World Cup referees to use goal-line technology to settle the score
One goal can be the difference between winning and losing.
And when you get down to it, that goal can be determined by mere inches.
For instance, the ball's here, not a goal.
You know, if any part of the ball is still touching the line, it's not.
You gotta be able to see the green on the other side.
And with the linemen so far away it can be really hard to tell if that ball actually crosses the line, especially if it's in the air.
To eliminate any guess work for referees, for the first time at the World Cup FIFA will be using goal line technology at each match.
There's been so many times over the past handful of years that.
Balls, you know have been called in and they're not completely over the line and vice versa.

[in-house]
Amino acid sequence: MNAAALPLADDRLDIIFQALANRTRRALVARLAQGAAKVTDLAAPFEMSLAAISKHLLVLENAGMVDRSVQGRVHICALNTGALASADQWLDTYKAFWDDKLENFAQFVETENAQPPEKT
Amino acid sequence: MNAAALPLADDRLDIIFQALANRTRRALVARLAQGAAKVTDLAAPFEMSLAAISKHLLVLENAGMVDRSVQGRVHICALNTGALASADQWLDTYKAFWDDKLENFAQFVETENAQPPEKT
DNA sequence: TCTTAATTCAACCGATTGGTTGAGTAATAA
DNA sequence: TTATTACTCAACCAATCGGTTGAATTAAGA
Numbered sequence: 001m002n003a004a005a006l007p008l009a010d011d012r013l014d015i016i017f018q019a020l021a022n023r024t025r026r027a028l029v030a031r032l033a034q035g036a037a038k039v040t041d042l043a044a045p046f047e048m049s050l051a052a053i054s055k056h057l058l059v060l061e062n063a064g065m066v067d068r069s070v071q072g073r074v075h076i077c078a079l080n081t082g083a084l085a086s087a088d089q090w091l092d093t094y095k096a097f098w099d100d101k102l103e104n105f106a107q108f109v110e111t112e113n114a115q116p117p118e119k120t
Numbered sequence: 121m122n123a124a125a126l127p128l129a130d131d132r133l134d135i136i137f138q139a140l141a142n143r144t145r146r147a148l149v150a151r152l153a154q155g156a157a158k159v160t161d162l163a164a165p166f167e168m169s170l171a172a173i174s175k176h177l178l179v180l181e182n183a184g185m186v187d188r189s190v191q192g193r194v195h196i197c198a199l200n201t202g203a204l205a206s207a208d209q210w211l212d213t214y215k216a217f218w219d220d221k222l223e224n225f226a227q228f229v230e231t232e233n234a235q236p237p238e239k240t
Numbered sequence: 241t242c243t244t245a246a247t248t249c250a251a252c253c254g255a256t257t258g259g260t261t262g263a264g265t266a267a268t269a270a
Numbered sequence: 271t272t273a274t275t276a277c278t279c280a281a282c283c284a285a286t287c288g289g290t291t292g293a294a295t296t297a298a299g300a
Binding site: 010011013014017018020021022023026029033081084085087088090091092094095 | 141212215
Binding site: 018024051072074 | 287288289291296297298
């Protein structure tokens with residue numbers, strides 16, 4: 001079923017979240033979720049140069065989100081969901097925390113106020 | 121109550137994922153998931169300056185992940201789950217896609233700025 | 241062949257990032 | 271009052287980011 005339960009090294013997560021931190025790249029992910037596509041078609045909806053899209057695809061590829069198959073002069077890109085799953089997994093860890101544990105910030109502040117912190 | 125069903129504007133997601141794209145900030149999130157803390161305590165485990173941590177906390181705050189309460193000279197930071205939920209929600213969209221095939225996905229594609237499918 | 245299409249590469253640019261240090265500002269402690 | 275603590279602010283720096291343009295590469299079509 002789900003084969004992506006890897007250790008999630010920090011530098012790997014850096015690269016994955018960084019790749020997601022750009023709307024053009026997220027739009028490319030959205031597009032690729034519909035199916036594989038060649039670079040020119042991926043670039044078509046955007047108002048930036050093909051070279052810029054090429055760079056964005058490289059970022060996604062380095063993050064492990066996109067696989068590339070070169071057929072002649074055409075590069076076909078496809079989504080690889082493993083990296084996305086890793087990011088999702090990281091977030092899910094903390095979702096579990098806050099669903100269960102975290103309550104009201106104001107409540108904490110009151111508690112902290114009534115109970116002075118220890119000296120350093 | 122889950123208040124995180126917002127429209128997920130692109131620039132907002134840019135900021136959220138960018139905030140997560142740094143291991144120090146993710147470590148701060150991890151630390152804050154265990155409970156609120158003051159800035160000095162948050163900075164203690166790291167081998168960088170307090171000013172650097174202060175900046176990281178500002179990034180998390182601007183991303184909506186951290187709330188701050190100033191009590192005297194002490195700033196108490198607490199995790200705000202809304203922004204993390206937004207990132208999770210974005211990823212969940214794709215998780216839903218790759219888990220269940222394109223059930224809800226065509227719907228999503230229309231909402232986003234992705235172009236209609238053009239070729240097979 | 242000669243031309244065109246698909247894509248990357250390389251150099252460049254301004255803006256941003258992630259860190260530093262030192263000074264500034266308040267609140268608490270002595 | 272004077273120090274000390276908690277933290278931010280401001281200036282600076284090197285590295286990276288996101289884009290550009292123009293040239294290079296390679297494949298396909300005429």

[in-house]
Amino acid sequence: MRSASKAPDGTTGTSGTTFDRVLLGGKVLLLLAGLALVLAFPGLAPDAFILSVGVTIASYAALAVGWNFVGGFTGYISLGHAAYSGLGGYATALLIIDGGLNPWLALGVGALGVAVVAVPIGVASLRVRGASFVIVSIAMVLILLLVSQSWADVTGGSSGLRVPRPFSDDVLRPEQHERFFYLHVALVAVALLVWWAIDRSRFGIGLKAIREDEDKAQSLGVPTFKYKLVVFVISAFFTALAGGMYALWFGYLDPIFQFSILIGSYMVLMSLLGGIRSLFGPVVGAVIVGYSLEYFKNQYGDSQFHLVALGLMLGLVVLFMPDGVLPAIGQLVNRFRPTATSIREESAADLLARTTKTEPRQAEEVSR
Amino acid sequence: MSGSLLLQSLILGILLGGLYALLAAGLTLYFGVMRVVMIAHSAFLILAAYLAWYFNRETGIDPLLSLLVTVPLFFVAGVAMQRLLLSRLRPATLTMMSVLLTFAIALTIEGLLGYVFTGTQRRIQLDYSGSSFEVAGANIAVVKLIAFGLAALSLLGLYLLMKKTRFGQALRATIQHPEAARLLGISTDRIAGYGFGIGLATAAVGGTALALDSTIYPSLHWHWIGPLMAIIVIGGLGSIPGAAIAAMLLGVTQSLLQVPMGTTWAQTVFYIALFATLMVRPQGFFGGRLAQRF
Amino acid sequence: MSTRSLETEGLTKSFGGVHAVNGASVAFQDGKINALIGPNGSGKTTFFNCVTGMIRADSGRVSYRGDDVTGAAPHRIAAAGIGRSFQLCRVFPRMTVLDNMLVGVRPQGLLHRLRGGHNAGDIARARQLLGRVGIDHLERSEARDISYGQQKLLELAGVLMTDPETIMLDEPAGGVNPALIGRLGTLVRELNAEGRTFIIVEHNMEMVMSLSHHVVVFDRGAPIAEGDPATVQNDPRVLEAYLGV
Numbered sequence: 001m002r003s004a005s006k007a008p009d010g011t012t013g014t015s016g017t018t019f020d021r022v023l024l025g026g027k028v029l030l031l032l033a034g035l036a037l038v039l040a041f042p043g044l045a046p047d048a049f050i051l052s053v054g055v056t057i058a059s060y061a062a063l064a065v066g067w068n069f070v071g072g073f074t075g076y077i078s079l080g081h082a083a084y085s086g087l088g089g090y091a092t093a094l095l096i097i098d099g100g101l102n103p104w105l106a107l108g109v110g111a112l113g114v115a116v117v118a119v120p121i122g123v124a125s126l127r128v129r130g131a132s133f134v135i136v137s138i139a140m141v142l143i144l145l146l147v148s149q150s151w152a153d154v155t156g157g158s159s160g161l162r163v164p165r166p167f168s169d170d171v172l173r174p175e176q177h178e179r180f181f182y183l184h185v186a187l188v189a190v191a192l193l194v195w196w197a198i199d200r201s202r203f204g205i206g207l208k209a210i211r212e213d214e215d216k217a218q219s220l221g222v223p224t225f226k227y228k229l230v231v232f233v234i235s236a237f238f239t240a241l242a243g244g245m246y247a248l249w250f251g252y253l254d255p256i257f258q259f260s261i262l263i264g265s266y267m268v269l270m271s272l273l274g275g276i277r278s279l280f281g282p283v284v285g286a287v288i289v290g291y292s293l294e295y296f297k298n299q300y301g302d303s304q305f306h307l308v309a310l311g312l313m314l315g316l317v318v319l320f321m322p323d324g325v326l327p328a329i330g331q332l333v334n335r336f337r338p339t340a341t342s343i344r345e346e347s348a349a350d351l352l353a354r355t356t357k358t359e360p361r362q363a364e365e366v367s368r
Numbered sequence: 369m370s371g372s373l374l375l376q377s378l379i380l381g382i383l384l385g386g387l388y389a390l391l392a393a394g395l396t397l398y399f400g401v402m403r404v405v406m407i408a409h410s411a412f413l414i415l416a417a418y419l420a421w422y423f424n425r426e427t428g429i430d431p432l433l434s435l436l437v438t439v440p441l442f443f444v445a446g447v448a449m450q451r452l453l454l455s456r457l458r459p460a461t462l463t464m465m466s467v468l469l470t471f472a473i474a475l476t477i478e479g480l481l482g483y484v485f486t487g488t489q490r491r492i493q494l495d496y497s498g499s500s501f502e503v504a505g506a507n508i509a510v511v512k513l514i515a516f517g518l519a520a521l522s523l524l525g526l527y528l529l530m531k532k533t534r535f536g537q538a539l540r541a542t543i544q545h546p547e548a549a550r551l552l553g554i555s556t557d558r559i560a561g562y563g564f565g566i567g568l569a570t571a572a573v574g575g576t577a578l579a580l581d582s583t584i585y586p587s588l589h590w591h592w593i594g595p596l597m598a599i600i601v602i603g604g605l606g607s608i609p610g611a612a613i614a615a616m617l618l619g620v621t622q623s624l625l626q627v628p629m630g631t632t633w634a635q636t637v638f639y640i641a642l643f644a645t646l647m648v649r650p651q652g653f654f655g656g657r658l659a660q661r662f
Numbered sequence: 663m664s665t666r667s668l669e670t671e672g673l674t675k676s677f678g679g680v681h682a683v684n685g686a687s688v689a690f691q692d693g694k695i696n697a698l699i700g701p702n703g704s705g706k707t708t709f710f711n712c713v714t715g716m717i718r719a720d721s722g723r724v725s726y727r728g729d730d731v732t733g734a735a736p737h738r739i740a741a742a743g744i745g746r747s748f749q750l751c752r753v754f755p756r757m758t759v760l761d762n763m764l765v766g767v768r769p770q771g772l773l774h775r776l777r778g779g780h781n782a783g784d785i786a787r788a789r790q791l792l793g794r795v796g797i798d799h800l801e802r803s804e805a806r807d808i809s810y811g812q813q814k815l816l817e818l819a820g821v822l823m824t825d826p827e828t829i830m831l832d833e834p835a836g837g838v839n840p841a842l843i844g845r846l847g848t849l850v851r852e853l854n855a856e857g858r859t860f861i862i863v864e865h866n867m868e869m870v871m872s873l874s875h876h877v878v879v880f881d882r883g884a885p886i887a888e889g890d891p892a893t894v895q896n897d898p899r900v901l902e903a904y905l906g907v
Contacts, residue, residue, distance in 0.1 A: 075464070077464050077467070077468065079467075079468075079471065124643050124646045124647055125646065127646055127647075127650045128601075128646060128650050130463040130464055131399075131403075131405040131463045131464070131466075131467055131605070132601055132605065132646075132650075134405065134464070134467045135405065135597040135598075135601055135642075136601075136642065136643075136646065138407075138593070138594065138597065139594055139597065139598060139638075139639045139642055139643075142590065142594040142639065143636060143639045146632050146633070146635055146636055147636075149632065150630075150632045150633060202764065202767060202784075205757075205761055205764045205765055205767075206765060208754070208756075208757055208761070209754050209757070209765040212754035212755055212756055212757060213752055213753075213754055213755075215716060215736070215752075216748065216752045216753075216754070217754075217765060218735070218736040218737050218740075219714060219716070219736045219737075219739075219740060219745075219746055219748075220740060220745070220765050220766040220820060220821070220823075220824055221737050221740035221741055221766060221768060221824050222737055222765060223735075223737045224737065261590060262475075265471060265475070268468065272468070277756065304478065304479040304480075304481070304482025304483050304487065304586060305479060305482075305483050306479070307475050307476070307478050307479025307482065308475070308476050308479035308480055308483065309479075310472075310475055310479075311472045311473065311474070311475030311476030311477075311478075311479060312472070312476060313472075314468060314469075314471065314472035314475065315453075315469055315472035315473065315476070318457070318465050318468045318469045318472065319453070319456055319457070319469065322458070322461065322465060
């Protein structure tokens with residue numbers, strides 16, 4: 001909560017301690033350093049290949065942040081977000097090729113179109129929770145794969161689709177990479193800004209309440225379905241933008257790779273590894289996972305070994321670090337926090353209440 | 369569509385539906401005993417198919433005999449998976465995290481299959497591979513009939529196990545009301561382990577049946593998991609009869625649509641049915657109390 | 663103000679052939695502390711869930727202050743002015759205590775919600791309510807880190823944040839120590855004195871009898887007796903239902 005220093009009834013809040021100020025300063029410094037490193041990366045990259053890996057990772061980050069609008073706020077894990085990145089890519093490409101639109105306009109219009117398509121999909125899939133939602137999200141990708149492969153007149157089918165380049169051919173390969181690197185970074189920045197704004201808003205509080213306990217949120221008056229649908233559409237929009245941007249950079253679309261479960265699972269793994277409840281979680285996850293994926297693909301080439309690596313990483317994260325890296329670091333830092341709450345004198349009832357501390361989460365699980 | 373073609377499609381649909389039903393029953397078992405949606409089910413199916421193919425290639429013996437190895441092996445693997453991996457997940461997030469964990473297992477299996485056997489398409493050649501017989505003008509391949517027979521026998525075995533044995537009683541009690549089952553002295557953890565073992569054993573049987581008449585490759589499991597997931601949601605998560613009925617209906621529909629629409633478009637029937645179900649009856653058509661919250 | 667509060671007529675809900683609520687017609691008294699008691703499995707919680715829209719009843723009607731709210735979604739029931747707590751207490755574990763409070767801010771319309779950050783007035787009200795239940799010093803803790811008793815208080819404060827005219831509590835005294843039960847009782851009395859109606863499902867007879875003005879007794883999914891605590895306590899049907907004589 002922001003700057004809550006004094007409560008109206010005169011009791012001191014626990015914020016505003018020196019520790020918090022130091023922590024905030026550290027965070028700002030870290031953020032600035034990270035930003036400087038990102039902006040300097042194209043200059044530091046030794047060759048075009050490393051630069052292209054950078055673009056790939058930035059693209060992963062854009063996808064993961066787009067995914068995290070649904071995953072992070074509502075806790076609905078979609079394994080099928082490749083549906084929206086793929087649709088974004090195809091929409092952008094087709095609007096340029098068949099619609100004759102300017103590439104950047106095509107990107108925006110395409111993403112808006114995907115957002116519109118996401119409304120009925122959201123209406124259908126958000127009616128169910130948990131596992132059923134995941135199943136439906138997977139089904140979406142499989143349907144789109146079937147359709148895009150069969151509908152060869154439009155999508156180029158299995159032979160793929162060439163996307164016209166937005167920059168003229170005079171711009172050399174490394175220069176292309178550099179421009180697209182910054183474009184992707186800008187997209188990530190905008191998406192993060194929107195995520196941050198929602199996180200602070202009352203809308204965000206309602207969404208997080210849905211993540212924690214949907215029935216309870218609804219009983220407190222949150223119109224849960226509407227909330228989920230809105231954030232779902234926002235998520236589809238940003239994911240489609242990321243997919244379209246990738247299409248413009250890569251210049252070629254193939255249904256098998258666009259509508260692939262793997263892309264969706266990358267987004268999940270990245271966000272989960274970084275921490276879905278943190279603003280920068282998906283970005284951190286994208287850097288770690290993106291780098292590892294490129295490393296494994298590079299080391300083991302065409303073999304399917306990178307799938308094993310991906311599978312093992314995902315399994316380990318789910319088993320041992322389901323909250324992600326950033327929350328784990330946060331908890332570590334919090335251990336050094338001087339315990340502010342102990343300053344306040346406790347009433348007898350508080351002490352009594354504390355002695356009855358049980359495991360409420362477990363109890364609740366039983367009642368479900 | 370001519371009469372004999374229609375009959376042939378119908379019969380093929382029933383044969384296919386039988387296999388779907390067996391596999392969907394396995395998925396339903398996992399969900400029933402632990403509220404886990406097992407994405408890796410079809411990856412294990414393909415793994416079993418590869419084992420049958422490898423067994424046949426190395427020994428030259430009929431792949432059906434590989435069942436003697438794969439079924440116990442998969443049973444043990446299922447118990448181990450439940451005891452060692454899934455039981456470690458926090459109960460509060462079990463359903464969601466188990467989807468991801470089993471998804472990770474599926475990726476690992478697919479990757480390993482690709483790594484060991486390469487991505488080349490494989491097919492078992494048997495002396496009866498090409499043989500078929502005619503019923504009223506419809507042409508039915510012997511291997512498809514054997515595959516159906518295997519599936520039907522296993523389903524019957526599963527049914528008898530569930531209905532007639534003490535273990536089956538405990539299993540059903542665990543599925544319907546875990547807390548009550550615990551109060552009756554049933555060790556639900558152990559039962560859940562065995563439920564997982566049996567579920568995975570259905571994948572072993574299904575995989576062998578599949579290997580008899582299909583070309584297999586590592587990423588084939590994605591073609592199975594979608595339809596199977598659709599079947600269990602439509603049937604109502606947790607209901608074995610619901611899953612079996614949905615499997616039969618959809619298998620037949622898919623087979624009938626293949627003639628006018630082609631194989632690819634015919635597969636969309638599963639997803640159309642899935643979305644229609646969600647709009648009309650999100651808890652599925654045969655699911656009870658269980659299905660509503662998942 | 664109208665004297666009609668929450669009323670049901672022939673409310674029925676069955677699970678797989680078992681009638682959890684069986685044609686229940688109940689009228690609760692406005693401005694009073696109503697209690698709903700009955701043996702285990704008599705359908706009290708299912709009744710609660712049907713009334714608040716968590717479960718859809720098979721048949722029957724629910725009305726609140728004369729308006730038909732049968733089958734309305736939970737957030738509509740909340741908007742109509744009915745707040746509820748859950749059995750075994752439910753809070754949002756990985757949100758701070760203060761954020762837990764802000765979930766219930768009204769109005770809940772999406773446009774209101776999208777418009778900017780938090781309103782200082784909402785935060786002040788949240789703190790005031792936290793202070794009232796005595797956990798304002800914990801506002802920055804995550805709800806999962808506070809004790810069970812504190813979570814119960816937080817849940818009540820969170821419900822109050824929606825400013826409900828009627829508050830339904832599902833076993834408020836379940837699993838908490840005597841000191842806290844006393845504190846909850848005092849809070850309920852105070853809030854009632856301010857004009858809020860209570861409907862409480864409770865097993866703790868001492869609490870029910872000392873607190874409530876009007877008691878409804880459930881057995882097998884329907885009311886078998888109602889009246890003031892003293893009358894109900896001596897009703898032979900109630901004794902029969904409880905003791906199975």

Balls that, you know they've called no goal and it's, it's actually gone in.
Here's how goal controls for these systems works.
14 cameras are mounted above the field, 7 at each goal.
They track the balls that fly through the air in real time.
If it crosses the goal line, the software program transmits a signal to the referee's watch within a second.
It claims to be accurate down to 5 millimeters.
And it's encrypted to prevent hacking.
As a forward it kinda, kinda of against it cuz, I mean, it could take away from some goals that may or may not have been in.
But I think overall for the game, I think it's a good, it's a good thing.
That's the biggest stage, and there's just so much on the line that you know just clear up those decisions.
Soccer enthusiasts hope technology doesn't change the spirit of the game.
I think the argument is just affecting the purity of the game and the flow of the game.
There's so much at stake especially at the highest levels.
But accuracy comes at a price.
Goal control system cost around $400,000 to install in each stadium.
In San Francisco, I'm Kara Tsuboi for CNET.com for CBS News
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